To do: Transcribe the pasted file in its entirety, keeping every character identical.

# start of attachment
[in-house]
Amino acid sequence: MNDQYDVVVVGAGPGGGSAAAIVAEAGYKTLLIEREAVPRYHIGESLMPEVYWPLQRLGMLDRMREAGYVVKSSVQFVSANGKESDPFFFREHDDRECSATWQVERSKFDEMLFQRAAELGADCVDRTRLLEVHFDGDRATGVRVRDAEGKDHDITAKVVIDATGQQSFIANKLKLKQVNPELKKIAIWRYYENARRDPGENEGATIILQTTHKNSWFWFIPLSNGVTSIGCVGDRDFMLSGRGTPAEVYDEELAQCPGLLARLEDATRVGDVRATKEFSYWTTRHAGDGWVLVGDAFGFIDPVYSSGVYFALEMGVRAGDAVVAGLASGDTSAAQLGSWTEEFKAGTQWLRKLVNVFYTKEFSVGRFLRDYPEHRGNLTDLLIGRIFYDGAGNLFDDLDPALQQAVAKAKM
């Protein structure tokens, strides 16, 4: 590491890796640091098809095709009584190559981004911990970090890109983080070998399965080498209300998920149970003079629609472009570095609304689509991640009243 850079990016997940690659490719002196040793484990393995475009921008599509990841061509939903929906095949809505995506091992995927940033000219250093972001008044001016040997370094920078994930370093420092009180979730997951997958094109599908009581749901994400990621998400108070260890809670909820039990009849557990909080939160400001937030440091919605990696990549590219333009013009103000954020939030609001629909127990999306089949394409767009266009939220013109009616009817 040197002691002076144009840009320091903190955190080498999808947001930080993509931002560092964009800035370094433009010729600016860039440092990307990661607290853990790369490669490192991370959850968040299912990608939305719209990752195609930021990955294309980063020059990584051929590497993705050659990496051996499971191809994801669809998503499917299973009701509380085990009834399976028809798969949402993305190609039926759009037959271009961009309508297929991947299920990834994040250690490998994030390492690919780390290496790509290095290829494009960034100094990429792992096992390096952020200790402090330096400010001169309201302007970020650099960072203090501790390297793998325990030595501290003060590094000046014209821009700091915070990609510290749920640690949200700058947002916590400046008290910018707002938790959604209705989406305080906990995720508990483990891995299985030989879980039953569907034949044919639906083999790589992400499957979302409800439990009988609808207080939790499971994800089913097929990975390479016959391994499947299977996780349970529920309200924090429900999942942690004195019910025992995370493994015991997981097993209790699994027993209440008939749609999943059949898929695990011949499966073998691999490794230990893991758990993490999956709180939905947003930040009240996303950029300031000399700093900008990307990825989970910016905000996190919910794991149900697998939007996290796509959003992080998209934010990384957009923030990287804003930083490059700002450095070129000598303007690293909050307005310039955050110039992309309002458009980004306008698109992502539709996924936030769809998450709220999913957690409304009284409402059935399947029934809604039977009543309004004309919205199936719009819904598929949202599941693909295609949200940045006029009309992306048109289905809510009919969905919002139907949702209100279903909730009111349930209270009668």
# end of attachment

[in-house]
Amino acid sequence: MNDQYDVVVVGAGPGGGSAAAIVAEAGYKTLLIEREAVPRYHIGESLMPEVYWPLQRLGMLDRMREAGYVVKSSVQFVSANGKESDPFFFREHDDRECSATWQVERSKFDEMLFQRAAELGADCVDRTRLLEVHFDGDRATGVRVRDAEGKDHDITAKVVIDATGQQSFIANKLKLKQVNPELKKIAIWRYYENARRDPGENEGATIILQTTHKNSWFWFIPLSNGVTSIGCVGDRDFMLSGRGTPAEVYDEELAQCPGLLARLEDATRVGDVRATKEFSYWTTRHAGDGWVLVGDAFGFIDPVYSSGVYFALEMGVRAGDAVVAGLASGDTSAAQLGSWTEEFKAGTQWLRKLVNVFYTKEFSVGRFLRDYPEHRGNLTDLLIGRIFYDGAGNLFDDLDPALQQAVAKAKM
């Protein structure tokens, strides 16, 4: 590491890796640091098809095709009584190559981004911990970090890109983080070998399965080498209300998920149970003079629609472009570095609304689509991640009243 850079990016997940690659490719002196040793484990393995475009921008599509990841061509939903929906095949809505995506091992995927940033000219250093972001008044001016040997370094920078994930370093420092009180979730997951997958094109599908009581749901994400990621998400108070260890809670909820039990009849557990909080939160400001937030440091919605990696990549590219333009013009103000954020939030609001629909127990999306089949394409767009266009939220013109009616009817 040197002691002076144009840009320091903190955190080498999808947001930080993509931002560092964009800035370094433009010729600016860039440092990307990661607290853990790369490669490192991370959850968040299912990608939305719209990752195609930021990955294309980063020059990584051929590497993705050659990496051996499971191809994801669809998503499917299973009701509380085990009834399976028809798969949402993305190609039926759009037959271009961009309508297929991947299920990834994040250690490998994030390492690919780390290496790509290095290829494009960034100094990429792992096992390096952020200790402090330096400010001169309201302007970020650099960072203090501790390297793998325990030595501290003060590094000046014209821009700091915070990609510290749920640690949200700058947002916590400046008290910018707002938790959604209705989406305080906990995720508990483990891995299985030989879980039953569907034949044919639906083999790589992400499957979302409800439990009988609808207080939790499971994800089913097929990975390479016959391994499947299977996780349970529920309200924090429900999942942690004195019910025992995370493994015991997981097993209790699994027993209440008939749609999943059949898929695990011949499966073998691999490794230990893991758990993490999956709180939905947003930040009240996303950029300031000399700093900008990307990825989970910016905000996190919910794991149900697998939007996290796509959003992080998209934010990384957009923030990287804003930083490059700002450095070129000598303007690293909050307005310039955050110039992309309002458009980004306008698109992502539709996924936030769809998450709220999913957690409304009284409402059935399947029934809604039977009543309004004309919205199936719009819904598929949202599941693909295609949200940045006029009309992306048109289905809510009919969905919002139907949702209100279903909730009111349930209270009668």